More than control the chaos, however, God subordinates chaos water and employs it for God’s own good intentions. God converts the waters of chaos to an instrument of shalom, producing grain to feed God’s people (verses 8, 13). Freshly plowed soil, with its sharply furrowed edges, are softened by gentle rain and readied for growth (verse 10).

It is unclear if the wagon tracks of verse 11 refer to the earth’s furrows in verse 10 or to an image of God’s chariot cutting through the clouds (see Psalms 18:10-12; 68:4; 104:3), releasing rich, fructifying rain. In any case, the image means to convey luxuriant abundance. The wagon tracks overflow with “richness,” (dsn). The word means fatness or fat ashes, but more broadly it signals rich satisfaction and fullness that comes with the presence of God (see Psalms 63:6; 36:9).

The psalm concludes with a summons that the meadows and valleys, covered with abundance in the form of flocks and grain, might shout and sing for joy. As shouting and singing were characteristic of ancient Israel’s worship,the image intends to help us understand that the very creation worships God.

Several themes emerge as possible directions for preaching. The motion of the psalm from quiet, expectant waiting to a summons for the creation itself to join the choir of praise suggests that the journey from expectation to exaltation is just that — a journey. Many of us, perhaps most of us, find ourselves somewhere in the middle of the journey. We recognize that God in Christ has answered our prayers.

In our baptisms we have been claimed by God and brought into the richness of God’s presence. Indeed, we have been incorporated into the body of Christ. And yet, for many of us, perhaps most of us, chaotic powers still affect us. Whether the chaos is a still unstable economy, a newly unstable marriage, grief, illness, loneliness, or a sense that our lives are adrift in a formless chaotic sea, our God remains master of the tumult.

Or, better, we can confidently claim that this God has joined us in our tumult. If we find ourselves awash, we know that God in Christ has likewise suffered as we do. Christ experienced loss and being lost to the depth that we have and more, and yet he comes to us with the firm intention to stay with us until we arrive at that valley where even we, the flock of his pasture, will to shout and sing with joy.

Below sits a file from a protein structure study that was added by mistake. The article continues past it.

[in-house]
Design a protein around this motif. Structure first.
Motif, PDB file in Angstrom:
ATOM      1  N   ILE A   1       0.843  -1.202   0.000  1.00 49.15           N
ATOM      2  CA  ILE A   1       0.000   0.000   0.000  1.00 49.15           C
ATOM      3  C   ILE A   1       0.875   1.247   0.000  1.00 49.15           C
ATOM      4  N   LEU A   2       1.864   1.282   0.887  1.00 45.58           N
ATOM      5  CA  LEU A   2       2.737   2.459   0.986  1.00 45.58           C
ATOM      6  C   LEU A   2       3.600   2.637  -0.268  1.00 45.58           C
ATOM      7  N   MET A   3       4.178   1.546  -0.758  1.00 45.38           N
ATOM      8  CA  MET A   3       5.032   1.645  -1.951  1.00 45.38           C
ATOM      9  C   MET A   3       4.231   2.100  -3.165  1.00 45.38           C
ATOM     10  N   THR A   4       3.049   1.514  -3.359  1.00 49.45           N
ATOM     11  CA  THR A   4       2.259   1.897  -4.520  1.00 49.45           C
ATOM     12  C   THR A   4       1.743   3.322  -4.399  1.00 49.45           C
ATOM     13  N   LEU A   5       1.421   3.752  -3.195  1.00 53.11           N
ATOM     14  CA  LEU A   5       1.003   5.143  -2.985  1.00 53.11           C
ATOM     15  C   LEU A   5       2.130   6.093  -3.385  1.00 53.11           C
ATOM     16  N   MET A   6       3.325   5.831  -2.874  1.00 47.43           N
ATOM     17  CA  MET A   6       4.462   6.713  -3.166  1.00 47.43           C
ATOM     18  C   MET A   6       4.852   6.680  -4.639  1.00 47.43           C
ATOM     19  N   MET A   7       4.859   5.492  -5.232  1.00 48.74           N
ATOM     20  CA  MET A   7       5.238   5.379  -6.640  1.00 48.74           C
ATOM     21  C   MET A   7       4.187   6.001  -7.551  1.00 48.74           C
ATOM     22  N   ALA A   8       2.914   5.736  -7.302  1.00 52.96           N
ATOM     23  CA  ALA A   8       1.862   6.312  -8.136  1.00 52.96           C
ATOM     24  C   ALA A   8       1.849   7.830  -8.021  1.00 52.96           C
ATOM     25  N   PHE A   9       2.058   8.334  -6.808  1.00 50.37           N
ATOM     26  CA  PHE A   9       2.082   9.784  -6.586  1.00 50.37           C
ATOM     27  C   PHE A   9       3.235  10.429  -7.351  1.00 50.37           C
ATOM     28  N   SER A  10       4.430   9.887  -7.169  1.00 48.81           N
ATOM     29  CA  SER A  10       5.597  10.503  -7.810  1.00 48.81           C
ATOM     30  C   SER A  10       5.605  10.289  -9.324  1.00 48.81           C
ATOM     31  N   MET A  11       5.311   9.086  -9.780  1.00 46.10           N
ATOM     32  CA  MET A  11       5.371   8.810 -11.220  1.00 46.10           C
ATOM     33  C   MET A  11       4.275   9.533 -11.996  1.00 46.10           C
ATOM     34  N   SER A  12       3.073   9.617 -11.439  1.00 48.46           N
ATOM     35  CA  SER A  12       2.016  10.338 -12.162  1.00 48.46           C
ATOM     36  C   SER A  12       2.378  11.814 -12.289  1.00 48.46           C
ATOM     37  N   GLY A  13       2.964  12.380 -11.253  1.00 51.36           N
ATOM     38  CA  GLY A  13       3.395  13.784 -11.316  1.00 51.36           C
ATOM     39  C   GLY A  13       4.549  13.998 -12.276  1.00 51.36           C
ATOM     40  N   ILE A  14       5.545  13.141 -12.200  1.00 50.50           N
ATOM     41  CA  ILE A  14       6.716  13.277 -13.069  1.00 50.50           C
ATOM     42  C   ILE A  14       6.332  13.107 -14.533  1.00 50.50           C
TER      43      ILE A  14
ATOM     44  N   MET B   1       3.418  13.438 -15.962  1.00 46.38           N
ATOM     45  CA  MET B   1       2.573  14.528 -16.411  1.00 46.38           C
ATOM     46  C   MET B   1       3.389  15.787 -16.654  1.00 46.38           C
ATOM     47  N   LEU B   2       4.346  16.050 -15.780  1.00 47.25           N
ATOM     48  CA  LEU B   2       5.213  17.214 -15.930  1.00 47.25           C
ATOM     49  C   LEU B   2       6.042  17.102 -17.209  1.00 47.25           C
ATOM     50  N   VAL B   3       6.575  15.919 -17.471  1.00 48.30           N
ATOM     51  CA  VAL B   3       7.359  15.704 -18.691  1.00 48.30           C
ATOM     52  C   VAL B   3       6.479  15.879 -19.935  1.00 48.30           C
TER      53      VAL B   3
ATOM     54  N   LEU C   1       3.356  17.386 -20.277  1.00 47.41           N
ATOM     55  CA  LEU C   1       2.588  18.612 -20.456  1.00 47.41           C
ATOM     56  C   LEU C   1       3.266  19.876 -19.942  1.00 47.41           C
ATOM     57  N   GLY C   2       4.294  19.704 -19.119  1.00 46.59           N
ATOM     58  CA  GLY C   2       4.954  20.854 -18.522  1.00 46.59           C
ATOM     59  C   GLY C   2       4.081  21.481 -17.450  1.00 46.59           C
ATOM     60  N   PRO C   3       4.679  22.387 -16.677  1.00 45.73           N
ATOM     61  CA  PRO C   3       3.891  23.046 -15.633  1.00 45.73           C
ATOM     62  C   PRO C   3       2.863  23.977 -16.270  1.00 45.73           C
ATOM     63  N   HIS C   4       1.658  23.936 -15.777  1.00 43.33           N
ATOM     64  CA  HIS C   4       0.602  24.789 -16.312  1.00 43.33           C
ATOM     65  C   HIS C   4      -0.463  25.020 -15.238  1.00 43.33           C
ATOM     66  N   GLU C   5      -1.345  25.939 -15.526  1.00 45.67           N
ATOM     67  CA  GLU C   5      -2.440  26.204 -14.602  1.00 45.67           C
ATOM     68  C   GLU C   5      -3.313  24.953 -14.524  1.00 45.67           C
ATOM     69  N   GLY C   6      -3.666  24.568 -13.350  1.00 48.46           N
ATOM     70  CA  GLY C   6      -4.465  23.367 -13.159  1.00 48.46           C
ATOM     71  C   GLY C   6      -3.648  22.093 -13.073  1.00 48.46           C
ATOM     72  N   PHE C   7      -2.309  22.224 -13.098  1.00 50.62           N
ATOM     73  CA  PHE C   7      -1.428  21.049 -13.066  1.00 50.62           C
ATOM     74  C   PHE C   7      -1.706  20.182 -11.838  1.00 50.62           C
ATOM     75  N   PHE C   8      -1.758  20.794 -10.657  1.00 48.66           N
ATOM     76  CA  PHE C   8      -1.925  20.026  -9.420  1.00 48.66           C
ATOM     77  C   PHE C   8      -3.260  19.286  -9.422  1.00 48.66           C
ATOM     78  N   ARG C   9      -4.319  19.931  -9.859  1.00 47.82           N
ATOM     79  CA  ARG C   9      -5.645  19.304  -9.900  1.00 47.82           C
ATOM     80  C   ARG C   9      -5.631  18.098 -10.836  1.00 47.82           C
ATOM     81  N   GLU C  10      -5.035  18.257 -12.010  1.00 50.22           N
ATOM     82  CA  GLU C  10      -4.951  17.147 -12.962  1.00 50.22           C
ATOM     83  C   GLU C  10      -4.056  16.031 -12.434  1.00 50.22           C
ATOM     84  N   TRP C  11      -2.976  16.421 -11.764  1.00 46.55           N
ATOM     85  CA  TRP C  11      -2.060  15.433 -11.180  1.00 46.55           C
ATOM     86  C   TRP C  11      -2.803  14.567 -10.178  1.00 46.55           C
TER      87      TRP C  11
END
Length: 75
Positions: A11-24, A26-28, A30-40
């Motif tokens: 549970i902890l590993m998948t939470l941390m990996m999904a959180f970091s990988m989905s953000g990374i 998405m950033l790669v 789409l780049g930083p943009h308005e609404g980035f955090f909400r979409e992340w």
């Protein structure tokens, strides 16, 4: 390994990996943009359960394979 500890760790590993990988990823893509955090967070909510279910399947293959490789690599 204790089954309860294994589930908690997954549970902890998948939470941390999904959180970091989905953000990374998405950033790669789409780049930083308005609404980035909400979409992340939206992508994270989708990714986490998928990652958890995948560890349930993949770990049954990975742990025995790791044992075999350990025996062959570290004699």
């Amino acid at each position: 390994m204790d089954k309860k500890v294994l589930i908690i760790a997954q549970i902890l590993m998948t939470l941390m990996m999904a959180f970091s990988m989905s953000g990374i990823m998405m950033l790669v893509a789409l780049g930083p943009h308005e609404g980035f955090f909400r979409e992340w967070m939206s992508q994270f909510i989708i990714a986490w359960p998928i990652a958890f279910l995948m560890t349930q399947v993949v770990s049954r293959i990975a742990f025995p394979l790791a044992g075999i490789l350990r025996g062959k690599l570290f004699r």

On psalms of reorientations, see Walter Brueggemann, The Message of the Psalms (Minneapolis: Augsburg, 1984), 123-167. Brueggemann regards Psalm 65 as a thanksgiving song of the community, albeit he notes that “there is something of a mismatch between the subject of verses 1-5a and the doxology that follows” (136).

Reading this unique niphal masculine singular participle with an active voice rather than the usual passive or reflexive. The niphal does allow an active sense for some verbs (e.g,, nchm, “repent”). Moreover, the verb ‘zr does appear as a reflexive (hithpael) in Psalm 93:1 and Isaiah 8:9 and 9:8. Thus, participles of both stitches refer to God’s action upon the mountains:

mkyn    hrym    bkchw  
n’ar  [hrym]  bgbwrh 

See Psalms 71:23; 81:1; Isa 12:6; 24:14; 42:11; 44:23; 54:1; Zephaniah 3:14.

Second Reading

Commentary on Romans 8:1-11

L. Ann Jervis

Until this point in Romans, Paul has taken his hearers through the “shadowlands” of the faith.

He has described the context in which the righteousness of God has been revealed (Romans 1:16-32). That context is that all people, whether Jew or Gentile have sinned and fallen short of the glory of God (Romans 3:23). Paul claims that in such a context the revelation of God’s righteousness is available from faith for faith (Romans 1:17). Paul has said this has always been the case. Even Abraham was reckoned righteous not by following Law, but by faith (Romans 4:3).